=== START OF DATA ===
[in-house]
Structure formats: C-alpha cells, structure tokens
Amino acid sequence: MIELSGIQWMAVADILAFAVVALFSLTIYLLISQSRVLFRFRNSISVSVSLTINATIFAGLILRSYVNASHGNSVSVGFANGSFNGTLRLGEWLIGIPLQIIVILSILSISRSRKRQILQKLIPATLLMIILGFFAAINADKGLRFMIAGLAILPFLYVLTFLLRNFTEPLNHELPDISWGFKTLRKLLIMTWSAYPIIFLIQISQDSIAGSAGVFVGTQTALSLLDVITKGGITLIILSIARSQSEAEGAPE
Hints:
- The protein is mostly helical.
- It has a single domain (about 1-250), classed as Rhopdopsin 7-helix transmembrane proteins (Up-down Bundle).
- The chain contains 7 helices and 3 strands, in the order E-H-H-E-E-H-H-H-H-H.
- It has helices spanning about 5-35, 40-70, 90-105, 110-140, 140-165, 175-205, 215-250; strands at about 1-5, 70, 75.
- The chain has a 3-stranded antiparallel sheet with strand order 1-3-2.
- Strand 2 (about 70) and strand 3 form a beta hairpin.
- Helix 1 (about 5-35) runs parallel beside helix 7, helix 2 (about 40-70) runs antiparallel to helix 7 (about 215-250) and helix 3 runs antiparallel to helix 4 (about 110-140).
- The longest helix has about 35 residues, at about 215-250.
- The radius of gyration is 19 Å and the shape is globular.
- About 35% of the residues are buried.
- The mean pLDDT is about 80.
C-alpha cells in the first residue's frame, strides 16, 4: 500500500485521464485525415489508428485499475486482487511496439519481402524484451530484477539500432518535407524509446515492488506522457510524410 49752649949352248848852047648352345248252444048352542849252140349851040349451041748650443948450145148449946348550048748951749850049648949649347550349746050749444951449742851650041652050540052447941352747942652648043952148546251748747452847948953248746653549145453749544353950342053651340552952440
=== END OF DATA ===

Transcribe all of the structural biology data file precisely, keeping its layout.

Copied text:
[in-house]
Structure formats: C-alpha cells, structure tokens
Amino acid sequence: MIELSGIQWMAVADILAFAVVALFSLTIYLLISQSRVLFRFRNSISVSVSLTINATIFAGLILRSYVNASHGNSVSVGFANGSFNGTLRLGEWLIGIPLQIIVILSILSISRSRKRQILQKLIPATLLMIILGFFAAINADKGLRFMIAGLAILPFLYVLTFLLRNFTEPLNHELPDISWGFKTLRKLLIMTWSAYPIIFLIQISQDSIAGSAGVFVGTQTALSLLDVITKGGITLIILSIARSQSEAEGAPE
Hints:
- The protein is mostly helical.
- It has a single domain (about 1-250), classed as Rhopdopsin 7-helix transmembrane proteins (Up-down Bundle).
- The chain contains 7 helices and 3 strands, in the order E-H-H-E-E-H-H-H-H-H.
- It has helices spanning about 5-35, 40-70, 90-105, 110-140, 140-165, 175-205, 215-250; strands at about 1-5, 70, 75.
- The chain has a 3-stranded antiparallel sheet with strand order 1-3-2.
- Strand 2 (about 70) and strand 3 form a beta hairpin.
- Helix 1 (about 5-35) runs parallel beside helix 7, helix 2 (about 40-70) runs antiparallel to helix 7 (about 215-250) and helix 3 runs antiparallel to helix 4 (about 110-140).
- The longest helix has about 35 residues, at about 215-250.
- The radius of gyration is 19 Å and the shape is globular.
- About 35% of the residues are buried.
- The mean pLDDT is about 80.
C-alpha cells in the first residue's frame, strides 16, 4: 500500500485521464485525415489508428485499475486482487511496439519481402524484451530484477539500432518535407524509446515492488506522457510524410 49752649949352248848852047648352345248252444048352542849252140349851040349451041748650443948450145148449946348550048748951749850049648949649347550349746050749444951449742851650041652050540052447941352747942652648043952148546251748747452847948953248746653549145453749544353950342053651340552952440